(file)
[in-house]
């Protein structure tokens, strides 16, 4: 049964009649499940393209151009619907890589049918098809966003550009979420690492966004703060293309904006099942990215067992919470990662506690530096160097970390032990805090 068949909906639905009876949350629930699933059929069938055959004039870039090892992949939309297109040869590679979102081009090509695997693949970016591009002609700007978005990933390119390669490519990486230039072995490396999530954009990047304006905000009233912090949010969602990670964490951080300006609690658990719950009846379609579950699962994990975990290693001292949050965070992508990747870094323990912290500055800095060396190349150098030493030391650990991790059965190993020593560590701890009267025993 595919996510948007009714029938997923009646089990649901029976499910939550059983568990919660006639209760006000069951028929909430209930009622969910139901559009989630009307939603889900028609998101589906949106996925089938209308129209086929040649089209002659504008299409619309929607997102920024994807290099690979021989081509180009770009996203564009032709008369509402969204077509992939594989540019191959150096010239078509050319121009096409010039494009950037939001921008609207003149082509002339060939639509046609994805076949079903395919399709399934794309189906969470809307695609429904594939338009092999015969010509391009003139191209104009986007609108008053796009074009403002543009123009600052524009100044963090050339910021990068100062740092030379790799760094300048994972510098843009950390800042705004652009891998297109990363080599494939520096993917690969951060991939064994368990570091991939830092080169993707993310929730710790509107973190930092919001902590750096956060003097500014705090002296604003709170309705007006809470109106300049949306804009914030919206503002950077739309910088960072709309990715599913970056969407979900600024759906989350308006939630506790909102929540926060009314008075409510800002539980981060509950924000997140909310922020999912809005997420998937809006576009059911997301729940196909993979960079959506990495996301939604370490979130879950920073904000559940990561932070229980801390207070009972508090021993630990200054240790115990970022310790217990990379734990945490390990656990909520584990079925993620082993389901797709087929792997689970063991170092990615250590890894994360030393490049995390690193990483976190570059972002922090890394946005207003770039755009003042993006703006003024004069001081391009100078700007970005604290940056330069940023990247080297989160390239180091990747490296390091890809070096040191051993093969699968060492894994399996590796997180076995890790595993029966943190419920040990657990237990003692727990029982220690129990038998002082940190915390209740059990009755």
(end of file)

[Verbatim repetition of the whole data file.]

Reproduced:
[in-house]
């Protein structure tokens, strides 16, 4: 049964009649499940393209151009619907890589049918098809966003550009979420690492966004703060293309904006099942990215067992919470990662506690530096160097970390032990805090 068949909906639905009876949350629930699933059929069938055959004039870039090892992949939309297109040869590679979102081009090509695997693949970016591009002609700007978005990933390119390669490519990486230039072995490396999530954009990047304006905000009233912090949010969602990670964490951080300006609690658990719950009846379609579950699962994990975990290693001292949050965070992508990747870094323990912290500055800095060396190349150098030493030391650990991790059965190993020593560590701890009267025993 595919996510948007009714029938997923009646089990649901029976499910939550059983568990919660006639209760006000069951028929909430209930009622969910139901559009989630009307939603889900028609998101589906949106996925089938209308129209086929040649089209002659504008299409619309929607997102920024994807290099690979021989081509180009770009996203564009032709008369509402969204077509992939594989540019191959150096010239078509050319121009096409010039494009950037939001921008609207003149082509002339060939639509046609994805076949079903395919399709399934794309189906969470809307695609429904594939338009092999015969010509391009003139191209104009986007609108008053796009074009403002543009123009600052524009100044963090050339910021990068100062740092030379790799760094300048994972510098843009950390800042705004652009891998297109990363080599494939520096993917690969951060991939064994368990570091991939830092080169993707993310929730710790509107973190930092919001902590750096956060003097500014705090002296604003709170309705007006809470109106300049949306804009914030919206503002950077739309910088960072709309990715599913970056969407979900600024759906989350308006939630506790909102929540926060009314008075409510800002539980981060509950924000997140909310922020999912809005997420998937809006576009059911997301729940196909993979960079959506990495996301939604370490979130879950920073904000559940990561932070229980801390207070009972508090021993630990200054240790115990970022310790217990990379734990945490390990656990909520584990079925993620082993389901797709087929792997689970063991170092990615250590890894994360030393490049995390690193990483976190570059972002922090890394946005207003770039755009003042993006703006003024004069001081391009100078700007970005604290940056330069940023990247080297989160390239180091990747490296390091890809070096040191051993093969699968060492894994399996590796997180076995890790595993029966943190419920040990657990237990003692727990029982220690129990038998002082940190915390209740059990009755």